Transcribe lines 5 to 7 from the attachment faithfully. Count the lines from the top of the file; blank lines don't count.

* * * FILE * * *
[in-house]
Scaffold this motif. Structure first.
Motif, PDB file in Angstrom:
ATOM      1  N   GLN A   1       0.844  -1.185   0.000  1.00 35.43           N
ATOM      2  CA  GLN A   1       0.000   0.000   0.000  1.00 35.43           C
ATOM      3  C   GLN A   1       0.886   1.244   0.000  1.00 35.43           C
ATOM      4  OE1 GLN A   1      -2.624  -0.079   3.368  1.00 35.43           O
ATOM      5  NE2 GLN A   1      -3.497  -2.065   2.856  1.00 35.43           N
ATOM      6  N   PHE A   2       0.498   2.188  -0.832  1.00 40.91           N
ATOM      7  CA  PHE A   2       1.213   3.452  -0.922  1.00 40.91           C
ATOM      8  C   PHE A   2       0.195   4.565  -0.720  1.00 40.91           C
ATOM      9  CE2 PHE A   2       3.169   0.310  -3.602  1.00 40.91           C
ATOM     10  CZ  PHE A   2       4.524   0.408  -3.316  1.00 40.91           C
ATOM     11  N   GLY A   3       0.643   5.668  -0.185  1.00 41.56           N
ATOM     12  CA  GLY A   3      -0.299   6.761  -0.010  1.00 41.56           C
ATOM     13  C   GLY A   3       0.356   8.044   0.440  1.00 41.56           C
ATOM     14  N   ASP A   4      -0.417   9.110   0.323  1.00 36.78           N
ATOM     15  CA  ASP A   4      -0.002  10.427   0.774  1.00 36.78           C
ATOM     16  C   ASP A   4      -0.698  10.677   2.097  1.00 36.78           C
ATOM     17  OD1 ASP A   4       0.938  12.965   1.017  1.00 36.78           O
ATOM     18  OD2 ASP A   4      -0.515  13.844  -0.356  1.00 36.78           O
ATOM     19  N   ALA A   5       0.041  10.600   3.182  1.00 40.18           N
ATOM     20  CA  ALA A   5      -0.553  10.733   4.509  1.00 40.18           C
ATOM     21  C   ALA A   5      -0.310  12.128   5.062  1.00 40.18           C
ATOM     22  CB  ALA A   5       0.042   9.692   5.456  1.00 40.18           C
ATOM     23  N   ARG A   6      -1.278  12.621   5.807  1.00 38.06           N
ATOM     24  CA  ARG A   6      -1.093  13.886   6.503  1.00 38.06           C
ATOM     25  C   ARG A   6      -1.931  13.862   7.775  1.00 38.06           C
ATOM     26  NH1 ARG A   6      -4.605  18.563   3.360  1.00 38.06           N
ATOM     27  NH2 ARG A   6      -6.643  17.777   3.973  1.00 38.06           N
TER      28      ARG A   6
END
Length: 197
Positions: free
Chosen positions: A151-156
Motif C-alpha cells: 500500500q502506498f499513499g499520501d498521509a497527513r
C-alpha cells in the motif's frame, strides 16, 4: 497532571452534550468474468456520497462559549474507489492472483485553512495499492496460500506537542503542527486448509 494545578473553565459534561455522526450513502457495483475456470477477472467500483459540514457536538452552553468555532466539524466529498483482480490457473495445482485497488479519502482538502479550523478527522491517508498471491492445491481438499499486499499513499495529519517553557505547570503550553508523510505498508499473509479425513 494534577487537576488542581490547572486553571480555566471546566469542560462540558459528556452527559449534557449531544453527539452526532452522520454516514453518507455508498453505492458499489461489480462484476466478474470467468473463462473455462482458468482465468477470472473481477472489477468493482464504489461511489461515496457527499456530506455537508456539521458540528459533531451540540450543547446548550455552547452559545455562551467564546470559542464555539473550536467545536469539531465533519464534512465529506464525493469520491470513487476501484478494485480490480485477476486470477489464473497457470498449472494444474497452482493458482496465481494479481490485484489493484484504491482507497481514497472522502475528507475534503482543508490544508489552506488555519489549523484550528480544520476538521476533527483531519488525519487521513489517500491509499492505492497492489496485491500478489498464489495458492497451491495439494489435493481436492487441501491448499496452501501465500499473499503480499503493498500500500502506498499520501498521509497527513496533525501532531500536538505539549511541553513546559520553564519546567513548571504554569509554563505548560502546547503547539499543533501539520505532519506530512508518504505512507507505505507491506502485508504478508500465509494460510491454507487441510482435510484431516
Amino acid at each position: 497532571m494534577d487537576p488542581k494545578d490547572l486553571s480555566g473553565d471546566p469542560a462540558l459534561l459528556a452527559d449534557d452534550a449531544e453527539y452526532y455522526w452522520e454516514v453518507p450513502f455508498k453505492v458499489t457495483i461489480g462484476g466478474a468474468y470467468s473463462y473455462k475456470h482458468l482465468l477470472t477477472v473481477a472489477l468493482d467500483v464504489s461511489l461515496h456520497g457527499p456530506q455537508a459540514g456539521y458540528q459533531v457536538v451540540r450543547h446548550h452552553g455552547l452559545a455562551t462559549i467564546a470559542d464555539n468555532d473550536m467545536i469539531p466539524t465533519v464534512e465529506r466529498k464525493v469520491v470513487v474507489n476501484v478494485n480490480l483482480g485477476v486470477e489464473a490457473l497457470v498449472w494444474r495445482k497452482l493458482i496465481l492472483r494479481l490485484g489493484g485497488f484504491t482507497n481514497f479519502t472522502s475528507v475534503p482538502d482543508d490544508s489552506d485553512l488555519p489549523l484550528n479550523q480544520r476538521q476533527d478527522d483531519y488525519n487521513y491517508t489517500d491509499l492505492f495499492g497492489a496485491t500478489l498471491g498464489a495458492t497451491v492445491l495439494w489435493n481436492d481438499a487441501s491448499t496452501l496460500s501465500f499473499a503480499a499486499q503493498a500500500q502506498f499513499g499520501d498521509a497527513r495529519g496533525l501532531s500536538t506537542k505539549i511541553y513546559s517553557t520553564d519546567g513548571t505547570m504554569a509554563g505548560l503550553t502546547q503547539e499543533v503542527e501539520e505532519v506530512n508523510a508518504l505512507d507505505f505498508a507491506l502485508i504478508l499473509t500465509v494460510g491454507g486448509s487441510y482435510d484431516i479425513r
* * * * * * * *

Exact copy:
ATOM      2  CA  GLN A   1       0.000   0.000   0.000  1.00 35.43           C
ATOM      3  C   GLN A   1       0.886   1.244   0.000  1.00 35.43           C
ATOM      4  OE1 GLN A   1      -2.624  -0.079   3.368  1.00 35.43           O